Walter Klawsnik, past commander of Ukrainian American Veterans
by Johanna Klawsnik
BAYSIDE, N.Y. - Walter Klawsnik died of Lou Gehrig's disease (ALS) on July 24. As a past national commander of the Ukrainian American Veterans, and former president of Ukrainian National Association Branch 325, Mr. Klawsnik was a distinguished member of the Ukrainian American community.
Mr. Klawsnik was elected to the post of national commander of the Ukrainian American Veterans (UAV) on June 25, 1965. During his administration he advocated the establishment of new veterans' posts, the revival of old posts and cooperation with the Canadian Veterans Association.
He also worked vigorously for the UAV to receive national recognition from the U.S. Department of Defense. On behalf of the UAV, Mr. Klawsnik thanked Gen. Dwight D. Eisenhower by telegram for unveiling the Taras Shevchenko monument in Washington in 1964.
When John F. Kennedy ran for president of the United States, Mr. Klawsnik helped represent the Ukrainian Americans' advocacy of a free Ukraine at a meeting in Kennedy's private home in Hyannis Port, Mass.
During World War II Mr. Klawsnik had served as a flight officer and bombardier in the United States Air Force. He was decorated with the American Campaign Medal and the Victory Medal of Honor. In civilian life Mr. Klawsnik became the president of a leading marking device manufacturing corporation in New York.
Mr. Klawsnik was known also as a dedicated husband and father to his family. His friends, family and community will always appreciate and remember his thoughtfulness.
Burial was at the Holy Spirit Ukrainian Catholic Cemetery in Hamptonburgh, N.Y. At the funeral a veterans tribute was given by former UAV National Commander Ben Bezkorowajny. Other prominent Ukrainians who attended the service were: John O. Flis, former supreme president of the UNA; Andrew Keybida, former finance officer of the UAV and former UNA advisor; John A. Flis manager of Soyuzivka; and Daniel Slobodian, former manager of Soyuzivka.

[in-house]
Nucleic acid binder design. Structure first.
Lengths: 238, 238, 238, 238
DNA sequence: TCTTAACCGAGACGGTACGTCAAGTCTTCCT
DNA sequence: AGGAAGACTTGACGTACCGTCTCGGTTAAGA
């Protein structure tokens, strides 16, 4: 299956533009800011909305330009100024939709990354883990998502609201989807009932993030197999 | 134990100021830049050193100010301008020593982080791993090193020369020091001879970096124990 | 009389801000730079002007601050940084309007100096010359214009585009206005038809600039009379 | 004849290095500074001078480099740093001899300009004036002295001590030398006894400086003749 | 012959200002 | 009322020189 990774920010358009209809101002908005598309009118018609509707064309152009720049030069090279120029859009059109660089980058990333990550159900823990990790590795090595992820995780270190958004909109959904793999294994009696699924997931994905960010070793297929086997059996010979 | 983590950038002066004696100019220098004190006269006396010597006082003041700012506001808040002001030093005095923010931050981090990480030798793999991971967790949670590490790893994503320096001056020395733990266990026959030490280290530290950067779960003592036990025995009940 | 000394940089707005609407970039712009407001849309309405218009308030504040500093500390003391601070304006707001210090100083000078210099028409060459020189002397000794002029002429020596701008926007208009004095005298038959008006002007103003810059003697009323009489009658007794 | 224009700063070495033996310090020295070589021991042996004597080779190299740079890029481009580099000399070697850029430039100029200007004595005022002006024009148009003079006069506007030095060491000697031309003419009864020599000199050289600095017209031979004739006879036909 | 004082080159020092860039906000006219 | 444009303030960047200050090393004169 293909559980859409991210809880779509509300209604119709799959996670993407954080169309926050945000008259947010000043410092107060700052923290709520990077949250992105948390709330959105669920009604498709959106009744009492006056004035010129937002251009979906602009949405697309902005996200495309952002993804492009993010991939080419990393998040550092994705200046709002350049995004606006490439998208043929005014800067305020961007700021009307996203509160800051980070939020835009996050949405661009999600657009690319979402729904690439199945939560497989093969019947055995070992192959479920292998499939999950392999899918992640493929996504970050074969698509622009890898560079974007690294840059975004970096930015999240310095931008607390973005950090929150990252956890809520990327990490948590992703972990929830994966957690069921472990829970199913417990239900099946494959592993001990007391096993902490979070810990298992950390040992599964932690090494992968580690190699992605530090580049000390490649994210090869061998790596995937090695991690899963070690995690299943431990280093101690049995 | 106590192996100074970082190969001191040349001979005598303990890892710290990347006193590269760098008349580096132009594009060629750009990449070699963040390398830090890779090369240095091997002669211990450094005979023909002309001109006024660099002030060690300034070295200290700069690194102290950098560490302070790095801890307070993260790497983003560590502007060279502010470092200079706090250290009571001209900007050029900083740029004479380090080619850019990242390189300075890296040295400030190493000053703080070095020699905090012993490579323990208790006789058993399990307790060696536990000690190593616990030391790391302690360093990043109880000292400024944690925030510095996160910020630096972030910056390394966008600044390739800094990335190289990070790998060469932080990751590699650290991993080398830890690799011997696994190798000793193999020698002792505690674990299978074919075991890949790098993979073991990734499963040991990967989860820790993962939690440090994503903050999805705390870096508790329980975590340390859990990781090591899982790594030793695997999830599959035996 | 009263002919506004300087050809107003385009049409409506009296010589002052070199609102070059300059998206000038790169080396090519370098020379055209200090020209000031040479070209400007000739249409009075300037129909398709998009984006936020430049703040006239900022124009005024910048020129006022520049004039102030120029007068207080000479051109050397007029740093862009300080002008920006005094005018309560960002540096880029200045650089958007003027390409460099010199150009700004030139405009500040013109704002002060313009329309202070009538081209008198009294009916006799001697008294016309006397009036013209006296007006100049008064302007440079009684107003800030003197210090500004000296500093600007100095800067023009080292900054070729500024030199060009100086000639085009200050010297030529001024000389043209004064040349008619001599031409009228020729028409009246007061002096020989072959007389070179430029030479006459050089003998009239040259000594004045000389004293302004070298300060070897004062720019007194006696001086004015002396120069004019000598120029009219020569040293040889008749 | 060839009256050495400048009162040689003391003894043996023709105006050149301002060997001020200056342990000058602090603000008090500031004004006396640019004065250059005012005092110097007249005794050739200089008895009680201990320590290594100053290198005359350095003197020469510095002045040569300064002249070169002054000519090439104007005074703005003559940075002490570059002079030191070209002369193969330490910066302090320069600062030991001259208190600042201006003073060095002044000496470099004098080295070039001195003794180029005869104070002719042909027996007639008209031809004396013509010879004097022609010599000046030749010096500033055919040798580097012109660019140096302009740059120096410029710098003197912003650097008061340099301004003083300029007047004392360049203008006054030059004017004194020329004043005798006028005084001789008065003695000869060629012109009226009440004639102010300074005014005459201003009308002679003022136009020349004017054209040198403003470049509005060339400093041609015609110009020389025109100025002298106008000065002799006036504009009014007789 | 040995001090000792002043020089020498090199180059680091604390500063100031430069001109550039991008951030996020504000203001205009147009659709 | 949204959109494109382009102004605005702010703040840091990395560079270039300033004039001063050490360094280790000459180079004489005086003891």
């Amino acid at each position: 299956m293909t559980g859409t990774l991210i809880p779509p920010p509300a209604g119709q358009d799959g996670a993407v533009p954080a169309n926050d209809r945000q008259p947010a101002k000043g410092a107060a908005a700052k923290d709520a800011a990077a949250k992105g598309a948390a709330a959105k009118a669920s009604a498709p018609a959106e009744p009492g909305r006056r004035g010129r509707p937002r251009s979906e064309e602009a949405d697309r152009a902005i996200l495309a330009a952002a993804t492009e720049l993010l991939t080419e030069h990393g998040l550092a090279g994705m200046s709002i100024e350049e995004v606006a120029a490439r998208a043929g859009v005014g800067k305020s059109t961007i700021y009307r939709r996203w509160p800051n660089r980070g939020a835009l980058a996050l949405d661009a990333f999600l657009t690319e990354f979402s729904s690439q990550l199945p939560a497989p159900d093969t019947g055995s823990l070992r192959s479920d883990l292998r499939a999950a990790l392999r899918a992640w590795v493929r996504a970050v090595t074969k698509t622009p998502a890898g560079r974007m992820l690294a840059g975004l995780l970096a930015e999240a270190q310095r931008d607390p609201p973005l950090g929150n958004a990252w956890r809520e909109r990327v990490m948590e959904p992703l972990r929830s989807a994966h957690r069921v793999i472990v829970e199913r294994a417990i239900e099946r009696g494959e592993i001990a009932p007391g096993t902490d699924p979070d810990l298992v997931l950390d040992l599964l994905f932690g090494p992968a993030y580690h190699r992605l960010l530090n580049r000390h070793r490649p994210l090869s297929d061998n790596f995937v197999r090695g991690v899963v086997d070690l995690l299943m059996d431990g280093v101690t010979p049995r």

Surviving are Mr. Klawsnik's wife, Stella; son, Robert; daughter, Johanna; and grandchildren, nieces and nephews.
Romana L. Pyndus, Newark activist
NEWARK, N.J. - Romana L. Pyndus, a respected member of the New Jersey Ukrainian community, died on May 24 in St. Barnabas Hospital. She was 79. Mrs. Pyndus was a member of St. John the Baptist Ukrainian Catholic Church, and was active in the senior citizens' group and the Sodality at the parish here.
Born on March 11, 1919, in Lviv, Mrs. Pyndus was the daughter of Symen and Anna Skrypij. She had three sisters, Ola, Iwanka and Iryna, and two brothers, Yurij and Mykola, all of whom are deceased. Mykola Skrypij, was a renowned goalie for the Ukraina hockey team in Lviv. Yurij Skrypij was a participant in the ill-fated battle at Brody (1944), where the Galicia Division fought the advancing Red Army; he was subsequently captured by the Soviets and sent to Siberia.
Romana Skrypij immigrated to the United States in the early 1950s and married Yaroslav Pyndus in 1955; their son, Roman, was born on October 3, 1956. She worked as a lab scientist at Sandoz Pharmaceuticals for 18 years and was an active participant in Essex County politics.
Mrs. Pyndus is survived by her son, Roman Jaroslaw; daughter-in-law, Iryna; grandson, Orest; and nephew, Vladimir Melnik, and his wife, Helen.
A panakhyda (requiem service) was held on May 26 at the Lytwyn and Lytwyn Funeral Home in Union, N.J. The funeral liturgy was held on May 27 at St. John the Baptist Church and burial followed at St. Andrew Ukrainian Orthodox Cemetery in South Bound Brook, N.J.
Copyright © The Ukrainian Weekly, August 30, 1998, No. 35, Vol. LXVI
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